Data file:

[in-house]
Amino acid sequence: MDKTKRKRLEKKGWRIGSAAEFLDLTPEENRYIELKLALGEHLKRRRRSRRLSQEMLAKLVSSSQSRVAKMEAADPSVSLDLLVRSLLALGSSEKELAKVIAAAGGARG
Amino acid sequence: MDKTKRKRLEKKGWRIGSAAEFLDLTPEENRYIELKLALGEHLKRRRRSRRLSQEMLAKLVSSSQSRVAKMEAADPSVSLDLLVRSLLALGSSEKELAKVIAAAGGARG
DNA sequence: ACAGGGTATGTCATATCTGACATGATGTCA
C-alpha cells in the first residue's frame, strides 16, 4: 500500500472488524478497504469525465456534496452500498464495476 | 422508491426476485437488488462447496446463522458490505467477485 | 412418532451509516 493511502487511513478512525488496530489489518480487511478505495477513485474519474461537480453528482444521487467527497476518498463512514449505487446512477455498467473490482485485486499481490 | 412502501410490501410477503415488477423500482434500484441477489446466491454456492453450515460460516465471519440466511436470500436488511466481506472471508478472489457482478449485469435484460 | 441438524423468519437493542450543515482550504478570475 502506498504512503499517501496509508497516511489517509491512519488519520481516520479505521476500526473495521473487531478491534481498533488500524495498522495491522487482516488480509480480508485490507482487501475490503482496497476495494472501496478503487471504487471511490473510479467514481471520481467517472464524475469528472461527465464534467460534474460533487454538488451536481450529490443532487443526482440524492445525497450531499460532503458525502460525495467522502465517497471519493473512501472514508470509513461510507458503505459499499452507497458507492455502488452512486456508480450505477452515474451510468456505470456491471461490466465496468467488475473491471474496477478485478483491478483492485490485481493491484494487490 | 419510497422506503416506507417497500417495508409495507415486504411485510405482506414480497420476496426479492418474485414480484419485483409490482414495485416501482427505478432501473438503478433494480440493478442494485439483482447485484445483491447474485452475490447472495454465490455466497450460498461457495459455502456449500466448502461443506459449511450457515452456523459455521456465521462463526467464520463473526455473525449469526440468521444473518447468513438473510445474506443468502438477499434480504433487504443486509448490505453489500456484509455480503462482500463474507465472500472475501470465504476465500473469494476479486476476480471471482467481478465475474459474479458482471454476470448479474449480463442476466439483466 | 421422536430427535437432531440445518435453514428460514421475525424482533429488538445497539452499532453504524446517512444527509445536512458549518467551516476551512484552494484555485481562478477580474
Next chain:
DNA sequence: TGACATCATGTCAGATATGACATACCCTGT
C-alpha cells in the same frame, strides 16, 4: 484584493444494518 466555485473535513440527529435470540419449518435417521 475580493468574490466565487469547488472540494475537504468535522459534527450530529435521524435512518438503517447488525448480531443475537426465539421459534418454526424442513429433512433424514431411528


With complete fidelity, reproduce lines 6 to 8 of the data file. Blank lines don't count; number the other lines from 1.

Next chain:
DNA sequence: TGACATCATGTCAGATATGACATACCCTGT
C-alpha cells in the same frame, strides 16, 4: 484584493444494518 466555485473535513440527529435470540419449518435417521 475580493468574490466565487469547488472540494475537504468535522459534527450530529435521524435512518438503517447488525448480531443475537426465539421459534418454526424442513429433512433424514431411528